After three years developing their project, McGill Music PhD students Joseph Mallock and Ian Hattwick have designed and produced the first prosthetic digital instruments in the world.
Under the supervision of Input Devices and Music Interaction Lab (IDMIL) Director Marcelo Wanderley, the team collaborated with composers, choreographers, musicians, and dancers to produce a prosthetic device that could endure extensive use in dance performance while appearing visually striking.
“We wanted the objects to suggest a purpose beyond that of a costume, but we were quite happy that that purpose might remain ambiguous,” explained one of the researchers in a short documentary about the project.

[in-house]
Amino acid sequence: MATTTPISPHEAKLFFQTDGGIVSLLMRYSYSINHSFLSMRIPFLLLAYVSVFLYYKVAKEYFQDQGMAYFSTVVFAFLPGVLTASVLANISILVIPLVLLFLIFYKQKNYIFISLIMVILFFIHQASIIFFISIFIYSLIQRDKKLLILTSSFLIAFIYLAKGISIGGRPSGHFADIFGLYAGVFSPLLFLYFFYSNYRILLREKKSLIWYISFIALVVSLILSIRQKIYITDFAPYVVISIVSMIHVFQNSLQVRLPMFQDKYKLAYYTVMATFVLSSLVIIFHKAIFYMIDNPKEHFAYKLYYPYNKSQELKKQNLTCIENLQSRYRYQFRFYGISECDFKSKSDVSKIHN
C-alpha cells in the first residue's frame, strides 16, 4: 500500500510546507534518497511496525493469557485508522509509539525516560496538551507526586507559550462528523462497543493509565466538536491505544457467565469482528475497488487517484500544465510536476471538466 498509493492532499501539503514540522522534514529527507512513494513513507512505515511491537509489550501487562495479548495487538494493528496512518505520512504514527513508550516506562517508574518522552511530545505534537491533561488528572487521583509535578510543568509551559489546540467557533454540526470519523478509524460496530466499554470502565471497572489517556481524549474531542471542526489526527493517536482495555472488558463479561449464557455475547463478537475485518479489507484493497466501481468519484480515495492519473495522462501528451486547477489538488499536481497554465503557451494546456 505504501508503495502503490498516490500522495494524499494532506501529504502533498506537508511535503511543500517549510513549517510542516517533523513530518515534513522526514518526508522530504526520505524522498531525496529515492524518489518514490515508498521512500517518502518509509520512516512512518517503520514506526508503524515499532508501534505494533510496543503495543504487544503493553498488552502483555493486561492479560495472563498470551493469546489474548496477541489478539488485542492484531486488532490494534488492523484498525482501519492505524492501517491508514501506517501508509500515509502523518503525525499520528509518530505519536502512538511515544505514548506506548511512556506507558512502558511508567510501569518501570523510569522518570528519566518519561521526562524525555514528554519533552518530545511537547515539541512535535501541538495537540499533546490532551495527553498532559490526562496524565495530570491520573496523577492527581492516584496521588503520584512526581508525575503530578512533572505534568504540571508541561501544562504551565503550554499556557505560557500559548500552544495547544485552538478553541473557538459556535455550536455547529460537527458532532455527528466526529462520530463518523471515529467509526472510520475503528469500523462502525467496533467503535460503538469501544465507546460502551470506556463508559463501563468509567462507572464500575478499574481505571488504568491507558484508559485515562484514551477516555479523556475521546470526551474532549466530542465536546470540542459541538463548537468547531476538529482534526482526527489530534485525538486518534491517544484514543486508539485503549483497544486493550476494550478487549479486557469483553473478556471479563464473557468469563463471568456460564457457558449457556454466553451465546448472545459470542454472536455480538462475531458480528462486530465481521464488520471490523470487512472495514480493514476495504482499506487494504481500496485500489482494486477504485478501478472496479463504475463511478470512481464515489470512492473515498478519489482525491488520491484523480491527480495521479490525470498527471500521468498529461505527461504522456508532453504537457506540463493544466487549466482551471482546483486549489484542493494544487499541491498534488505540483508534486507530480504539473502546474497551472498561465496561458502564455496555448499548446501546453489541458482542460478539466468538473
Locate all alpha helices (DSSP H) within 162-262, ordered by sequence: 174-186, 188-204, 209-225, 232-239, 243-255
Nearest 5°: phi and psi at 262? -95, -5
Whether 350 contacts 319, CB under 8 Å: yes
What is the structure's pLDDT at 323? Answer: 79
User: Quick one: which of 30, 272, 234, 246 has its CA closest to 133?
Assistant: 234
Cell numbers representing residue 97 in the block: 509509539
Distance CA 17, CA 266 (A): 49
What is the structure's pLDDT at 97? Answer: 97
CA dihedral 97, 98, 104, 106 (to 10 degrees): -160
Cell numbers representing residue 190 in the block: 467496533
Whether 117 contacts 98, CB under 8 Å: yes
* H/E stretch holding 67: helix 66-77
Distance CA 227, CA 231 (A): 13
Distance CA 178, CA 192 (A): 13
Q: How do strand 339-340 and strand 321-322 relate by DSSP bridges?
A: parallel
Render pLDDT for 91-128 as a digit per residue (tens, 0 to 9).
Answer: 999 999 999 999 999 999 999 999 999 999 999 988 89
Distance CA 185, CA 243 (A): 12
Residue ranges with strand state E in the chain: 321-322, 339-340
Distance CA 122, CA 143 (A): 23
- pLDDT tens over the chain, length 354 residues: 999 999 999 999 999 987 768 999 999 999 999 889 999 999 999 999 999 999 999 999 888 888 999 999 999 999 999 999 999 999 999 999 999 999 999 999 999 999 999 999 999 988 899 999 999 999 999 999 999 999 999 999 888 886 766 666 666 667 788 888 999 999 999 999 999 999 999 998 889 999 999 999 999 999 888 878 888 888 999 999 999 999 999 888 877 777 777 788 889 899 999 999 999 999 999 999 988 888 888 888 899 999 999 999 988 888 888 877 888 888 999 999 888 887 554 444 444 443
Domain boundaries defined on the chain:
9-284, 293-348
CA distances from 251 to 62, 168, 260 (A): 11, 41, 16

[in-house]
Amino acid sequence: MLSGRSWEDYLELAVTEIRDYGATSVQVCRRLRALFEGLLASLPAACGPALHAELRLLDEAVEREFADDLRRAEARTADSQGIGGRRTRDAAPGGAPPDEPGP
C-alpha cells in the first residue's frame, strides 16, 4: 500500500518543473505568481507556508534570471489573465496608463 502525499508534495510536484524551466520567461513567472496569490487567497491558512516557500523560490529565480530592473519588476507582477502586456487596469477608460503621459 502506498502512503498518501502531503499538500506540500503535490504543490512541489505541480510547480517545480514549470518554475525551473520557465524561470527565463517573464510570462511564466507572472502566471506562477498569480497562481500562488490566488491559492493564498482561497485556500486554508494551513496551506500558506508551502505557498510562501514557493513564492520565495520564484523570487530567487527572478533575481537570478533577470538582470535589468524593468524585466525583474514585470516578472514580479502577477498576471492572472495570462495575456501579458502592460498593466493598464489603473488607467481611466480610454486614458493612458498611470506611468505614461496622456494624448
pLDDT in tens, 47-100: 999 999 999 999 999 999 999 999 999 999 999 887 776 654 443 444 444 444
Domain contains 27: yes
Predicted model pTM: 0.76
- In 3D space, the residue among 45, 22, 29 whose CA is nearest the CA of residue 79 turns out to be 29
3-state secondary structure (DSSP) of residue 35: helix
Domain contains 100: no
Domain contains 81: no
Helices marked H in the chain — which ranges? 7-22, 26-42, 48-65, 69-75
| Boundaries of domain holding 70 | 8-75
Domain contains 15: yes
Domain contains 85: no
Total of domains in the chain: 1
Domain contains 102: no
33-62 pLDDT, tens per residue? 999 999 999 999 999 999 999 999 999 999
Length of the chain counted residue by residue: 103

Each prosthetic contains a variety of sensors, power supplies and wireless data transceivers which respond to touch, movement, and orientation to create sound. The music is produced in real time through an open-source peer-to-peer software system developed by IDMIL, which processes the signals from the prosthetics.
What remains most striking is the semblance between these digital instruments and the human skeleton. Illuminated from within by small LED lights, the transparent pieces resemble human forms, including articulated spines, curved visors, and rib cages that were constructed through 3D printing and laser cutting.
Current versions of the prosthetics toured across Canada and parts of Europe earlier this year in a piece known as Les Gestes, written specifically for the digital musical instruments.